Frank McDonald writing in today’s Irish Times reports that the local area plan for Bandon has zoned land for an additional 1,700 houses.  And yet he notes that land is already zoned for 1,500 houses, much of it it seems within the NAMA portfolio.  There are 6,119 houses in the Bandon Electoral Area Local Plan as of 2010.  The DEHLG survey of unfinished estates show that there are 9 such estates in the town of Bandon itself with a total of 370 planned units, of which 229 have been commenced (84 are occupied; 105 are completed and vacant, 40 still under-construction).  4 of the 9 estates have yet to be fully completed.  There are 305 unfinished estates in County Cork.

The local area plan then begs the usual questions. Why does Bandon need land zoned sufficient to increase the number of residential units in the area by 50%?  As it presently stands, the area already has an oversupply of units that it is finding it difficult to source residents for. Does the area really expect to double in size in the next 2-10 years (in other words are the population projections realistic)?  And why does the area want to zone land above and beyond that in the NAMA portfolio, on which the taxpayer has staked it’s financial future, at this point?  Surely additional zoned land is going to undermine the potential value of existing zoned lands, thus undermining the ability of NAMA to fulfil its mandate, and thus run counter to the national good?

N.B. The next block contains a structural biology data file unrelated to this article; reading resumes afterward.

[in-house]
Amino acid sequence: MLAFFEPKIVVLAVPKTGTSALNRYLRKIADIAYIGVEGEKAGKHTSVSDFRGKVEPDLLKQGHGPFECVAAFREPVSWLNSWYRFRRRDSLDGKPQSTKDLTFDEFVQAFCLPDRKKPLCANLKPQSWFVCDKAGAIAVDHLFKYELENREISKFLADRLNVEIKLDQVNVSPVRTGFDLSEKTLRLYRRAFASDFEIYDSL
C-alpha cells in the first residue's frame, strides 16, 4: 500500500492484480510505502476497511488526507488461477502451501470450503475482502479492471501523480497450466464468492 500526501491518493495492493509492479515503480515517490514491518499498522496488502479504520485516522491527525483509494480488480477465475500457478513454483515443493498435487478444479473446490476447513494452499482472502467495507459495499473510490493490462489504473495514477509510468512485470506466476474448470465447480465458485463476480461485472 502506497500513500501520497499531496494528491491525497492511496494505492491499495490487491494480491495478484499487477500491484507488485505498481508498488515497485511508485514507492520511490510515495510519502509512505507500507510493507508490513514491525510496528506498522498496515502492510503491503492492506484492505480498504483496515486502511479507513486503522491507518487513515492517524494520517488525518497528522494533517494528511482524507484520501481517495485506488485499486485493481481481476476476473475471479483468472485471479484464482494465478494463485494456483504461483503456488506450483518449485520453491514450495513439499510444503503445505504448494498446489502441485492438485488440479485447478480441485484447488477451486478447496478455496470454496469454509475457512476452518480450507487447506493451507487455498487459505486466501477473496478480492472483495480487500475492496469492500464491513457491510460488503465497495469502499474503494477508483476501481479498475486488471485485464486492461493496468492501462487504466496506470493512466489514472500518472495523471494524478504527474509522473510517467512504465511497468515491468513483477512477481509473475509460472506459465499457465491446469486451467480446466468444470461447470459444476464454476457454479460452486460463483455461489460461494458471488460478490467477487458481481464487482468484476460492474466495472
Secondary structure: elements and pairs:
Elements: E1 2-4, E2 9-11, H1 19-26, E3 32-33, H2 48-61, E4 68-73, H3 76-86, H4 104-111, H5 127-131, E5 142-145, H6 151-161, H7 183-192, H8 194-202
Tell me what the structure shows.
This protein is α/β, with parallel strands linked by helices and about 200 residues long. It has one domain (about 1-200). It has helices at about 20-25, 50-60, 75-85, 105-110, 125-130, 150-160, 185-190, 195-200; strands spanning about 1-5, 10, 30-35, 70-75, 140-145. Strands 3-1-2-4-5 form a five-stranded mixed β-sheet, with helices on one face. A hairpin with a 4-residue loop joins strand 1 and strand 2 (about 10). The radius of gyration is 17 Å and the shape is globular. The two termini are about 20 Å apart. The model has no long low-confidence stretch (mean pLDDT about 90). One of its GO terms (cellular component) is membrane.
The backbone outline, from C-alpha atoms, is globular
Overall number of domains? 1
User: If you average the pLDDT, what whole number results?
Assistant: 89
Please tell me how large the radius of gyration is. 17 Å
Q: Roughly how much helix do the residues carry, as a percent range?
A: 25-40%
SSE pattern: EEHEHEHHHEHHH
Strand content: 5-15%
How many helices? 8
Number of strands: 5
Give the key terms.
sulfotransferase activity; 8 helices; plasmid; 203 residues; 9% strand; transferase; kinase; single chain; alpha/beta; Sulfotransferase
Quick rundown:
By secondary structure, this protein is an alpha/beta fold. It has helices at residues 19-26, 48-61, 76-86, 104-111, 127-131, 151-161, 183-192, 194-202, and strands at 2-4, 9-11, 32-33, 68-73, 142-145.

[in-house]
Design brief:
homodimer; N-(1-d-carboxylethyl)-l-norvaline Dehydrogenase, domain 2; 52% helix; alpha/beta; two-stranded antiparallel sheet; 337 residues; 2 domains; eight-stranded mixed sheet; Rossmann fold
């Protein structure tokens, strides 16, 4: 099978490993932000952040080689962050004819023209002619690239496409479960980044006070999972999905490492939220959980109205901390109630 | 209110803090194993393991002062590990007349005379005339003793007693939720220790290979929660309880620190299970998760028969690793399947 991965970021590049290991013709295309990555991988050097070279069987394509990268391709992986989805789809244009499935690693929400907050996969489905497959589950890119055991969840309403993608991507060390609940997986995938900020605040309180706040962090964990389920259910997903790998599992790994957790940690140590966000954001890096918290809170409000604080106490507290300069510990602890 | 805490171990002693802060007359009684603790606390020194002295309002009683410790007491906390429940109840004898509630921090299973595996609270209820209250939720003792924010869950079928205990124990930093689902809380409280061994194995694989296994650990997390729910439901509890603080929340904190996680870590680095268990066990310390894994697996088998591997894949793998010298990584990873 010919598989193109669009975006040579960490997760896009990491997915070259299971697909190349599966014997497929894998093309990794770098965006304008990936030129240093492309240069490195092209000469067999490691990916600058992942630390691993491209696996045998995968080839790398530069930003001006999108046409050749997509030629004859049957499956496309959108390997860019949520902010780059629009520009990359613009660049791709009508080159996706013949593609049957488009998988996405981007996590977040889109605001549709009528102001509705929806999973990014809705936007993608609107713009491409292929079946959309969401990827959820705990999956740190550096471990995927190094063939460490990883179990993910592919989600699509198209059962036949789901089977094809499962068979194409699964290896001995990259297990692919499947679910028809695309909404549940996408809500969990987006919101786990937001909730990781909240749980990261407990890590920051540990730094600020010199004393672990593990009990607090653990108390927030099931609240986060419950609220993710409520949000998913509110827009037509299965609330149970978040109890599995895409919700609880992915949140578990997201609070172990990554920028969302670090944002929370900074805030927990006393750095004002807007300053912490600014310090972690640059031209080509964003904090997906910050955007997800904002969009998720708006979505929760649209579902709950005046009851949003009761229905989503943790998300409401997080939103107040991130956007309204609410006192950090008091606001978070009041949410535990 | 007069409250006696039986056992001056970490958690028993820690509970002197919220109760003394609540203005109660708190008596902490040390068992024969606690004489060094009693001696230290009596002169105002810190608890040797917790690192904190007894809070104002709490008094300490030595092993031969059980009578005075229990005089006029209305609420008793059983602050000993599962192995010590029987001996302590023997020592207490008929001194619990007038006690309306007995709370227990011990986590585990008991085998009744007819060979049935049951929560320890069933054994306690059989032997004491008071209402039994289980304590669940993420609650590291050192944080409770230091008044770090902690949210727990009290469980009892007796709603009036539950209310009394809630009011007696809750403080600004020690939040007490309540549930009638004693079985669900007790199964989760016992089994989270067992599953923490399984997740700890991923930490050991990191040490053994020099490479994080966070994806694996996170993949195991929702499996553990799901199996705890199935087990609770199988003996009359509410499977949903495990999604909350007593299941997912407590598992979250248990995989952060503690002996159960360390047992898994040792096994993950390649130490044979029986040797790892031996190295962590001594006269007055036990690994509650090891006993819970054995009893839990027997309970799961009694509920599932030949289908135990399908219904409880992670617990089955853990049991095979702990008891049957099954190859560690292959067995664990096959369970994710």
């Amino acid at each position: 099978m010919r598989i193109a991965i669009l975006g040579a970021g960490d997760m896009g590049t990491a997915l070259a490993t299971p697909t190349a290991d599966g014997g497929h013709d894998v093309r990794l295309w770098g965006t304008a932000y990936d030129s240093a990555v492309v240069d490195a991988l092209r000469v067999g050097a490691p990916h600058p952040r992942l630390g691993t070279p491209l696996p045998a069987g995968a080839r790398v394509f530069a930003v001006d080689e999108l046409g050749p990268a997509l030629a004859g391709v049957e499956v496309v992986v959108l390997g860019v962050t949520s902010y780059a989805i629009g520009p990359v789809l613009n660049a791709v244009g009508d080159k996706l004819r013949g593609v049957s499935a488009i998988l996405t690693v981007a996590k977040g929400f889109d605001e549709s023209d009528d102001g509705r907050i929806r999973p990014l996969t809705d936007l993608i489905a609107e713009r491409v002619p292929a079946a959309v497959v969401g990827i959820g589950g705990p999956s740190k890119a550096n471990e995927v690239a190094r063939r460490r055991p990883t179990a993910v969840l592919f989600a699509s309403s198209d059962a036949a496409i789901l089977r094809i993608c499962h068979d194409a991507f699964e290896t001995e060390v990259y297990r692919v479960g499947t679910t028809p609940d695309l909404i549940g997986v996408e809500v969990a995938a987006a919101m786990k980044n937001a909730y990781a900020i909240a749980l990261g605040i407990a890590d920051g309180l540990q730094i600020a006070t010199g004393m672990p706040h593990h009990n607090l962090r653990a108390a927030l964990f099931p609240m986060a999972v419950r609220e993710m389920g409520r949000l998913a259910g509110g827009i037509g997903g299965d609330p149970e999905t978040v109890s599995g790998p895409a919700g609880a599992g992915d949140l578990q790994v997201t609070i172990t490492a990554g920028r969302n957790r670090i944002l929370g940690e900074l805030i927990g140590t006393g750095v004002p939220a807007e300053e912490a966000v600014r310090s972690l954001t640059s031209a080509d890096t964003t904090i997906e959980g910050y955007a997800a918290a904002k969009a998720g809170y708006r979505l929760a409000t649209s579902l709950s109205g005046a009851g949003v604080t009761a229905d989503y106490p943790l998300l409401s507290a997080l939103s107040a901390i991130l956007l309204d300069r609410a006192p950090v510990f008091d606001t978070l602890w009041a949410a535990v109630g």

It may well be that Bandon forms part of the Cork commuter belt, and it is projected to grow in the future, but surely land should be zoned on a needs be basis?  Or is there some other agenda at work in the local area plan?  Or perhaps the plan is still caught in a different era?  Whatever the rationale, it seems extremely unlikely that Bandon is going to need land for 3,200 additional houses in the immediate future.

Rob Kitchin

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